Feeds

Map law could see China confiscate mobes at Customs

If your maps app gives disputed islands the wrong name, prepare to surrender!

High performance access to file storage

Travellers to China would be well-advised to check their mobile mapping clients before embarking, after it emerged that customs officers have been given the power to confiscate any device featuring illegal maps, such as those mislabelling important islands.

The new policy would see any mobiles or tablets seized at the border transferred to the National Administration of Surveying, Mapping and Geoinformation (NASMG) for further investigation, according to Xinhua.

An ‘illegal’ map could apparently be one that ascribes Middle Kingdom territories to other nations, features mistakes in the location of the Chinese border or leaks confidential information about sensitive military and other locations.

Taiwanese officials recently complained to Apple after its maps app identified, with gloriously high-resolution imagery, a new state-of-the-art early-warning radar installation located near Hsinchu airbase.

China has always had particularly strict rules governing the mapping of its territory, restricting licenses to only a handful of firms.

It recently announced plans to increase fines for those failing to include territorial outposts and a requirement that all web-based map providers locate their services within China.

These latest moves can probably be viewed as a response to the simmering maritime territorial disputes with other Asian nations which flared in recent months with violent nationwide protests after Japan decided to buy the contested Diaoyu/Senkaku Islands.

It’s not entirely clear whether Google or Apple’s map clients would land an unsuspecting traveller to China in trouble under the new regulations.

A cursory search on Google Maps shows the islands labelled by their Chinese, Japanese and Taiwanese names, while Apple Maps has apparently duplicated them, to give one set each to China and Japan. ®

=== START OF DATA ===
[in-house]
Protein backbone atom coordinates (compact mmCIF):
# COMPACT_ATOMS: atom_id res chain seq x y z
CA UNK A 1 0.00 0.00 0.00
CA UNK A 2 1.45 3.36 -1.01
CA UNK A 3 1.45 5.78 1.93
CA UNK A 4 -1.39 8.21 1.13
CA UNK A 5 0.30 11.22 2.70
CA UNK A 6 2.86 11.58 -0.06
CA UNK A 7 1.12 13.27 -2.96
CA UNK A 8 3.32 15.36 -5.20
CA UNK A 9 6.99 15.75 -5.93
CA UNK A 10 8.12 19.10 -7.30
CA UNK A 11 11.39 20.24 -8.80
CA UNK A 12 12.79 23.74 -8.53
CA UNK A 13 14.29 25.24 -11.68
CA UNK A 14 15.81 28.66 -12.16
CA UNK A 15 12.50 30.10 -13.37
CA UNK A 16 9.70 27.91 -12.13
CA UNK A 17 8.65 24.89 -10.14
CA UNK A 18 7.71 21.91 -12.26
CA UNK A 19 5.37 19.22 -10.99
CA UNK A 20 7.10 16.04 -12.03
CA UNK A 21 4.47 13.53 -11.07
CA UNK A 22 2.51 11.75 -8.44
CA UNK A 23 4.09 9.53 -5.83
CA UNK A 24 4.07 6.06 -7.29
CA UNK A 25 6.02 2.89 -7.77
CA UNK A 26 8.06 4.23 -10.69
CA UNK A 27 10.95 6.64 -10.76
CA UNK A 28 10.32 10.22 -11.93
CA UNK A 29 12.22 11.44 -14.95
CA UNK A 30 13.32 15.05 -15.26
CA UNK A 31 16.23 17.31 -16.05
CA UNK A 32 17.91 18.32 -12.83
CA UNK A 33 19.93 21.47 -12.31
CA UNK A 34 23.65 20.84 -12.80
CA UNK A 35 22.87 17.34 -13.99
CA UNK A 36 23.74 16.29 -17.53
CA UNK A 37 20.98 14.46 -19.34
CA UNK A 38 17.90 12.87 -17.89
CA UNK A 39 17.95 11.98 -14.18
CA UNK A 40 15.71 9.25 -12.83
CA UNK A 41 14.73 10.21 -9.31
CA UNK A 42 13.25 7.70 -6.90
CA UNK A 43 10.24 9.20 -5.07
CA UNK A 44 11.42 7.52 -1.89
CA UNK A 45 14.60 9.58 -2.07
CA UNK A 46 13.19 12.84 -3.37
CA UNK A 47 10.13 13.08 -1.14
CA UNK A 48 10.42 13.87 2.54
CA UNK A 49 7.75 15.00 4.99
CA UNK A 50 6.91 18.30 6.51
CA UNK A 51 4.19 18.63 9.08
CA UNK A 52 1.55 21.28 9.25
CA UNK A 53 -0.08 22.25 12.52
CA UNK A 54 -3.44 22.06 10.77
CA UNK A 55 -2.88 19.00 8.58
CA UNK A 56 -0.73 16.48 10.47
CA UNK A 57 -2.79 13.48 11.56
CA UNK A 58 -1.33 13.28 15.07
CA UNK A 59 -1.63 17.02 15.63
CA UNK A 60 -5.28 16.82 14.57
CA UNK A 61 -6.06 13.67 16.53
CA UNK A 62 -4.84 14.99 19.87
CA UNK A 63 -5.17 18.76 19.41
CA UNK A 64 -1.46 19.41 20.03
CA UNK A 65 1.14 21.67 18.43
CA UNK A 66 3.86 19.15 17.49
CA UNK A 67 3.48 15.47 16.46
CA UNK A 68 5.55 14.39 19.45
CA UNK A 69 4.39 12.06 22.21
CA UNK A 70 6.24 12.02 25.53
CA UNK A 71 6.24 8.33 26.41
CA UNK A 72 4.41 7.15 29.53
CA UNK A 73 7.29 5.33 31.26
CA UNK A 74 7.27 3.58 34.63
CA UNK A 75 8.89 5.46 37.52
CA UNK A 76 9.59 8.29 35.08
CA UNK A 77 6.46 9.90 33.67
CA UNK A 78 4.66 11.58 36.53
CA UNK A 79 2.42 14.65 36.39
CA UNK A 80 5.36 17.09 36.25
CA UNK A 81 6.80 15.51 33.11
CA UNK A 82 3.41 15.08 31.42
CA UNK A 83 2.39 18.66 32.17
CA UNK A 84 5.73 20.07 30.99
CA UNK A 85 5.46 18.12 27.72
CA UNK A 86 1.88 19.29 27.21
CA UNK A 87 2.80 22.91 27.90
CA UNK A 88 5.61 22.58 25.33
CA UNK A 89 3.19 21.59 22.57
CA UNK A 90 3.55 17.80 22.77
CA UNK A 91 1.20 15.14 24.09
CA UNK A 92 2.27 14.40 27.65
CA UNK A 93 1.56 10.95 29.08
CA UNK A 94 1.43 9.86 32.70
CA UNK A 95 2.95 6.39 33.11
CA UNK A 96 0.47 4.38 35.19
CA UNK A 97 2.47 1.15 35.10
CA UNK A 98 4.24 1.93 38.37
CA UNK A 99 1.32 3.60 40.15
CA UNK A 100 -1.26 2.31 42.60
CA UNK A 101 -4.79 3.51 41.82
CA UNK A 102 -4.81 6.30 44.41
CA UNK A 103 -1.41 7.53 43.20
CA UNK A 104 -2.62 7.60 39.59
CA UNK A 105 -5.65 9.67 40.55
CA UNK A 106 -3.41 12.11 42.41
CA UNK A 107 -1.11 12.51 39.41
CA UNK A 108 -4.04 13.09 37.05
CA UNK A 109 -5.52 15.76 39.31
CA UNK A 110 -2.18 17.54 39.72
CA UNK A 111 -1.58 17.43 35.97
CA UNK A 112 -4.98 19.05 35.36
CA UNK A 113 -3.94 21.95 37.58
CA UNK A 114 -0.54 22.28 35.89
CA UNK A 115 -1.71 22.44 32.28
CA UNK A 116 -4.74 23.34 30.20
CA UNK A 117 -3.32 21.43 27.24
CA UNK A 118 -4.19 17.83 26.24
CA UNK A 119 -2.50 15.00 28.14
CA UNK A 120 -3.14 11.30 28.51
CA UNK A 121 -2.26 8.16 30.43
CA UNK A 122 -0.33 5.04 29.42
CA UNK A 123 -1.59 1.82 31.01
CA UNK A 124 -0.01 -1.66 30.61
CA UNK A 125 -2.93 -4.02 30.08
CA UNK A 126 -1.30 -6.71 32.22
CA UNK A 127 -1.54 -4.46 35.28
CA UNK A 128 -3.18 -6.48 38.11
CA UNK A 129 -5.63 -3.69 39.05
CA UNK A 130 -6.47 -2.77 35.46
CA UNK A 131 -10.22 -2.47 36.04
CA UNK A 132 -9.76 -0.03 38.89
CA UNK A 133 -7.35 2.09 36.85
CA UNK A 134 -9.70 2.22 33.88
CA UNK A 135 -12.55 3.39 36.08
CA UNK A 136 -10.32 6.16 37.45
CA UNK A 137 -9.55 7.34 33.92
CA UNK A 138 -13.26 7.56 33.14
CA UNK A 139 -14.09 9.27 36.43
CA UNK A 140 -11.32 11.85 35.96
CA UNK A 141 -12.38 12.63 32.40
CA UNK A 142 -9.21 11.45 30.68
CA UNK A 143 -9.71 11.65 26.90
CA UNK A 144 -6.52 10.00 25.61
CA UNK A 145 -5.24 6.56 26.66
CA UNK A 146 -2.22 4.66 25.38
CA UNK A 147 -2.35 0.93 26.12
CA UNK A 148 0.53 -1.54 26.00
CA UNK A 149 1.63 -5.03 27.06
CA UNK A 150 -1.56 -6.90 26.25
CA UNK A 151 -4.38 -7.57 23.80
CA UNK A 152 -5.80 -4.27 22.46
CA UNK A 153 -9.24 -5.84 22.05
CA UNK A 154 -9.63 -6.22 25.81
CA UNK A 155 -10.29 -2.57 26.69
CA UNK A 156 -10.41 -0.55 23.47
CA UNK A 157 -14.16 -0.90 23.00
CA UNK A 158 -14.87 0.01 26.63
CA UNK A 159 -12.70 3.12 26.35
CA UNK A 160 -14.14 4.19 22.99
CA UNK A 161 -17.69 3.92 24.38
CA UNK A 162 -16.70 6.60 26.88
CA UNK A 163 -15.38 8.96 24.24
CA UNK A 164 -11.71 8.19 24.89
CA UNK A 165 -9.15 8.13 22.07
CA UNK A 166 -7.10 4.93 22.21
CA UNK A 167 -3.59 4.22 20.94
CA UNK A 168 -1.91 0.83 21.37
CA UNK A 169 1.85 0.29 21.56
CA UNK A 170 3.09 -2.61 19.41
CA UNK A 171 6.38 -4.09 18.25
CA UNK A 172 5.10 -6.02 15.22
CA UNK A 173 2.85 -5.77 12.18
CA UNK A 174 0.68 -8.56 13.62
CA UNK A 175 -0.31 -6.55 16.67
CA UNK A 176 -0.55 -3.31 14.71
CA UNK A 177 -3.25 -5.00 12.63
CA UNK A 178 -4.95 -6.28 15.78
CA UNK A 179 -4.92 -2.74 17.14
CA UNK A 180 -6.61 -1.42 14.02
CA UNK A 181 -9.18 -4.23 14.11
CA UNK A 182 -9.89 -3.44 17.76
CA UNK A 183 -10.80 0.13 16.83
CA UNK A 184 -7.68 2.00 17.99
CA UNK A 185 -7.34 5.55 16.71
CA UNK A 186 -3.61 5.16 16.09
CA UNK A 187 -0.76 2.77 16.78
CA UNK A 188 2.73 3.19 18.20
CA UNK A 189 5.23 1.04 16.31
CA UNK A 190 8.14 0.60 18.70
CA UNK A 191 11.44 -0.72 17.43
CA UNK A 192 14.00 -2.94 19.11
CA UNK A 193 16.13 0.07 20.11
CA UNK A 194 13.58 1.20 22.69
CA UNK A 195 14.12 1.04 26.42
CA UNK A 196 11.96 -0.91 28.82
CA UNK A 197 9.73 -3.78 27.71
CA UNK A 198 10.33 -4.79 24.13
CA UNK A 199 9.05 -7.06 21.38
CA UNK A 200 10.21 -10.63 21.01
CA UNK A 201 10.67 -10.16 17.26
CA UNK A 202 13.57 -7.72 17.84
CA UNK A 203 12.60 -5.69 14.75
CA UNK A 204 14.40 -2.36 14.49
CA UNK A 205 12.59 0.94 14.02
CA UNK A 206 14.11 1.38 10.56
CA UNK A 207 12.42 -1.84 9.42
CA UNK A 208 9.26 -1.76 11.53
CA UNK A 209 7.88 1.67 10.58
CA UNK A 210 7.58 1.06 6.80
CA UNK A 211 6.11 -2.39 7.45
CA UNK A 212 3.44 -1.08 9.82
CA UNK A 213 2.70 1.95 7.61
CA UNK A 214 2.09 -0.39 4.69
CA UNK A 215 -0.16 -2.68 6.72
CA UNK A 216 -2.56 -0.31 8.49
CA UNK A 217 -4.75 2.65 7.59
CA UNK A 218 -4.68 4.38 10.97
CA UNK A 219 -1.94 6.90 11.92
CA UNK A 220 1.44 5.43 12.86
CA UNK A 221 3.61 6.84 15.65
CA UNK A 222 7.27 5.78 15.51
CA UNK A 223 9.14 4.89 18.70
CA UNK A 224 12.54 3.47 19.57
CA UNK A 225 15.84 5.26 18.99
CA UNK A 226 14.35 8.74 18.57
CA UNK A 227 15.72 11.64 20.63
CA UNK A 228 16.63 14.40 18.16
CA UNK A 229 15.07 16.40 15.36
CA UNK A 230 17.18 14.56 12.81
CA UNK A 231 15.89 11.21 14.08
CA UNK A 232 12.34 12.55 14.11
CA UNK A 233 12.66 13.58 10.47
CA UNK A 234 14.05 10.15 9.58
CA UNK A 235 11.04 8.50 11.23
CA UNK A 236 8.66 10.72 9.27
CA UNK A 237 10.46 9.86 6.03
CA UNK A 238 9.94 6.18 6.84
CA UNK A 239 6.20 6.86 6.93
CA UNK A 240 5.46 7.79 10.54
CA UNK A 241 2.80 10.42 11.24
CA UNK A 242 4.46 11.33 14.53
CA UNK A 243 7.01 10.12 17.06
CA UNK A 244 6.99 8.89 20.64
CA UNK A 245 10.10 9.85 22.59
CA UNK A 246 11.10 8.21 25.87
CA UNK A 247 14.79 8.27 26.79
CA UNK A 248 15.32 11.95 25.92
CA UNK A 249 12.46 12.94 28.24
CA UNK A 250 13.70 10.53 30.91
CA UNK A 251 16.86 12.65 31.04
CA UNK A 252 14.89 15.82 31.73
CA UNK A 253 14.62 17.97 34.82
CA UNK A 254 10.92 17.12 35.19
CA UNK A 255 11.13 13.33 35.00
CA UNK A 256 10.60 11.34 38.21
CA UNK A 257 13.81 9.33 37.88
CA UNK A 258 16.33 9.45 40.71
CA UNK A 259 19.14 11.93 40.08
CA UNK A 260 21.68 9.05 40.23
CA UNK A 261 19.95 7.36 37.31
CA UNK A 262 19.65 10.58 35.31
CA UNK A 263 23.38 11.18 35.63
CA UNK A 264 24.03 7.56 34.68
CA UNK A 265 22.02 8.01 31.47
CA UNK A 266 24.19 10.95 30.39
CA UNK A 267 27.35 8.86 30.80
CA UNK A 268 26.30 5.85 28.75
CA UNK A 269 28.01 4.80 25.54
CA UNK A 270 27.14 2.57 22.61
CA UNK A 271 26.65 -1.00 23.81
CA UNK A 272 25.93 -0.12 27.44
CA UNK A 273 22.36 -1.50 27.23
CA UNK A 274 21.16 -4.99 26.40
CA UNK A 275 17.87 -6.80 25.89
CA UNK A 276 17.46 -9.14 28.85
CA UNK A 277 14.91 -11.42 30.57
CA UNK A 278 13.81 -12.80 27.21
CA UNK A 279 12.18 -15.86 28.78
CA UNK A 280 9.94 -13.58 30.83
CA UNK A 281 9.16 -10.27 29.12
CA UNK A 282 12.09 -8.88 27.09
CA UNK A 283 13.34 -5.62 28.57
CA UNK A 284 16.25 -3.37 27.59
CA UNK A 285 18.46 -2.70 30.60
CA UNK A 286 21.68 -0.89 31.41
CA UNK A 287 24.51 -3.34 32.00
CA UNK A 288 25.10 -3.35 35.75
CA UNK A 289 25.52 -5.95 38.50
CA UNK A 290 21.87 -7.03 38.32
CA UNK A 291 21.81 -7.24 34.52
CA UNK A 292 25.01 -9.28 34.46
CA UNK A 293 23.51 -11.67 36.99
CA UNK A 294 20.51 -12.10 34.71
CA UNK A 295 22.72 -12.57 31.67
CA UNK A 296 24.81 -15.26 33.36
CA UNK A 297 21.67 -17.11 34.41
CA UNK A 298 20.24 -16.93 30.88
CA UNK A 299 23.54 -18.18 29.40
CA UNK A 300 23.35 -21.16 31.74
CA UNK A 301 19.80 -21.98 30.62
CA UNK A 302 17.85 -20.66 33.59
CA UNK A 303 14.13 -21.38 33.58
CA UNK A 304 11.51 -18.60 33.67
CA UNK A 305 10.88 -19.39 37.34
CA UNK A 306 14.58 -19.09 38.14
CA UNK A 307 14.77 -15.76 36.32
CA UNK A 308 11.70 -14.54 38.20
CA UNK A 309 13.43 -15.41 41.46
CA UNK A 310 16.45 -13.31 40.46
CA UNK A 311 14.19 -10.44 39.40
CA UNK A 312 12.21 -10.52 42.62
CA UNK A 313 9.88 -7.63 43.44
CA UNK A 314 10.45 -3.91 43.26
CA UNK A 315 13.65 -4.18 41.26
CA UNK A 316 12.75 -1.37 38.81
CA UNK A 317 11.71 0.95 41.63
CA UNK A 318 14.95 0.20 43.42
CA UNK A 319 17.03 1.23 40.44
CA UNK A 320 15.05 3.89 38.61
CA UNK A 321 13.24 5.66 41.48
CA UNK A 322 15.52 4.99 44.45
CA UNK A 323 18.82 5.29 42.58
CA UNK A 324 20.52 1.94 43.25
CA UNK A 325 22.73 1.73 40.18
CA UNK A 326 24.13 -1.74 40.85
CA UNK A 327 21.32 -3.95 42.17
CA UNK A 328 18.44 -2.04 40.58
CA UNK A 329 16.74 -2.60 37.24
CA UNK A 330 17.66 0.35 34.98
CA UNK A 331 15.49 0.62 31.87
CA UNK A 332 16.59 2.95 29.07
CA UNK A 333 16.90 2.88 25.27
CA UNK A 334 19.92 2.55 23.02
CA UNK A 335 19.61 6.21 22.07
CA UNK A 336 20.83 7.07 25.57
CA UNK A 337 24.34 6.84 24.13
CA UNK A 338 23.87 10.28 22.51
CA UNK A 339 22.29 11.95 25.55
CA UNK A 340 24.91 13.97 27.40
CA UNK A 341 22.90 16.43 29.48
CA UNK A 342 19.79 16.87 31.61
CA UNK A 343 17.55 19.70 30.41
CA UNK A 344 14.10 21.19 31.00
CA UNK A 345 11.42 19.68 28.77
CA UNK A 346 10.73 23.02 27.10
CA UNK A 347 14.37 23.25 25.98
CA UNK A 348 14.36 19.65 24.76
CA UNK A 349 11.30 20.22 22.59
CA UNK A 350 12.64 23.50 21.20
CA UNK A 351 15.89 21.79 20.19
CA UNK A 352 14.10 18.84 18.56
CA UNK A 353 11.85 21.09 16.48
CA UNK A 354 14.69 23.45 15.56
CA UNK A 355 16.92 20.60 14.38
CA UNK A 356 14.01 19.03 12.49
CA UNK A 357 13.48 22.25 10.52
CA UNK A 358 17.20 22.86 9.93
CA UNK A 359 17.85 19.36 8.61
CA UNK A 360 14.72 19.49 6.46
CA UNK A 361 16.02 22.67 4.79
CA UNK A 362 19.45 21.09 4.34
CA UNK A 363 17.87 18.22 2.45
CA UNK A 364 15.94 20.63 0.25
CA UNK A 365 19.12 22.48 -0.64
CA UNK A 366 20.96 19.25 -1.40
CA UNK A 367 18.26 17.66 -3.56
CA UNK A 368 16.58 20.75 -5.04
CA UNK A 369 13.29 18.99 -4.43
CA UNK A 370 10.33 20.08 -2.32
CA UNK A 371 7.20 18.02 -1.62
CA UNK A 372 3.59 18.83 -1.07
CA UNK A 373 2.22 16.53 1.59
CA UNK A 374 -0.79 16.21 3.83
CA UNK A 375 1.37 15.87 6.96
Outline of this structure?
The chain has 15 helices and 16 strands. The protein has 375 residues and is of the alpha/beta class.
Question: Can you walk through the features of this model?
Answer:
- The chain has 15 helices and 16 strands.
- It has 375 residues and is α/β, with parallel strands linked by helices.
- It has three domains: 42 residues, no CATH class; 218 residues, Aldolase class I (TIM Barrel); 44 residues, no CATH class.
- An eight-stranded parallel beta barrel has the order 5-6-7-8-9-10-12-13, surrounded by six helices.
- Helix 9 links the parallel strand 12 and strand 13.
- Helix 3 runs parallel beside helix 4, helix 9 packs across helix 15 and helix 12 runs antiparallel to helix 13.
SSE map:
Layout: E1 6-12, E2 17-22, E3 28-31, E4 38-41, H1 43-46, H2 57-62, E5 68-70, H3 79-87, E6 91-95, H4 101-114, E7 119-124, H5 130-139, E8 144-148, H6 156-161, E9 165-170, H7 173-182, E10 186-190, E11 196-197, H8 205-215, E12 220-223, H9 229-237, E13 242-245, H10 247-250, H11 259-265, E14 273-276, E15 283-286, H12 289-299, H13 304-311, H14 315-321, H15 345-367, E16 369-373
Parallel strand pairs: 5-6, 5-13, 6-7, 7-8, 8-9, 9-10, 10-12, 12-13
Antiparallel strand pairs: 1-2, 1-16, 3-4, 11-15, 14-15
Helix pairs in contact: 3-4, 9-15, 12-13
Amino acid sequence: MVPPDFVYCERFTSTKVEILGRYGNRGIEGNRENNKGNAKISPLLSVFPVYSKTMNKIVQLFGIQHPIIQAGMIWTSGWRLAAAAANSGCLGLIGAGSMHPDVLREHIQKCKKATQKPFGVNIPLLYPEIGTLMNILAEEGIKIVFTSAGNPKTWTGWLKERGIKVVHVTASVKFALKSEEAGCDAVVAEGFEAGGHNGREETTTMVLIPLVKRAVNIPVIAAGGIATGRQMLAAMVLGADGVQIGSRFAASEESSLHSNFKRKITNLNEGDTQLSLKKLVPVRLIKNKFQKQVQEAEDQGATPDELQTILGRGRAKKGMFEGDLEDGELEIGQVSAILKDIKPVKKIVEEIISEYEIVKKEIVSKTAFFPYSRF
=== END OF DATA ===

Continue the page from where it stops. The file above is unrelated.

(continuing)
High performance access to file storage

More from The Register

next story
Android engineer: We DIDN'T copy Apple OR follow Samsung's orders
Veep testifies for Samsung during Apple patent trial
MtGox chief Karpelès refuses to come to US for g-men's grilling
Bitcoin baron says he needs another lawyer for FinCEN chat
Did a date calculation bug just cost hard-up Co-op Bank £110m?
And just when Brit banking org needs £400m to stay afloat
One year on: diplomatic fail as Chinese APT gangs get back to work
Mandiant says past 12 months shows Beijing won't call off its hackers
EFF: Feds plan to put 52 MILLION FACES into recognition database
System would identify faces as part of biometrics collection
Big Content goes after Kim Dotcom
Six studios sling sueballs at dead download destination
Ex-Tony Blair adviser is new top boss at UK spy-hive GCHQ
Robert Hannigan to replace Sir Iain Lobban in the autumn
Alphadex fires back at British Gas with overcharging allegation
Brit colo outfit says it paid for 347KVA, has been charged for 1940KVA
Jack the RIPA: Blighty cops ignore law, retain innocents' comms data
Prime minister: Nothing to see here, go about your business
Don't let no-hire pact suit witnesses call Steve Jobs a bullyboy, plead Apple and Google
'Irrelevant' character evidence should be excluded – lawyers
prev story

Whitepapers

Securing web applications made simple and scalable
In this whitepaper learn how automated security testing can provide a simple and scalable way to protect your web applications.
Five 3D headsets to be won!
We were so impressed by the Durovis Dive headset we’ve asked the company to give some away to Reg readers.
HP ArcSight ESM solution helps Finansbank
Based on their experience using HP ArcSight Enterprise Security Manager for IT security operations, Finansbank moved to HP ArcSight ESM for fraud management.
The benefits of software based PBX
Why you should break free from your proprietary PBX and how to leverage your existing server hardware.
Mobile application security study
Download this report to see the alarming realities regarding the sheer number of applications vulnerable to attack, as well as the most common and easily addressable vulnerability errors.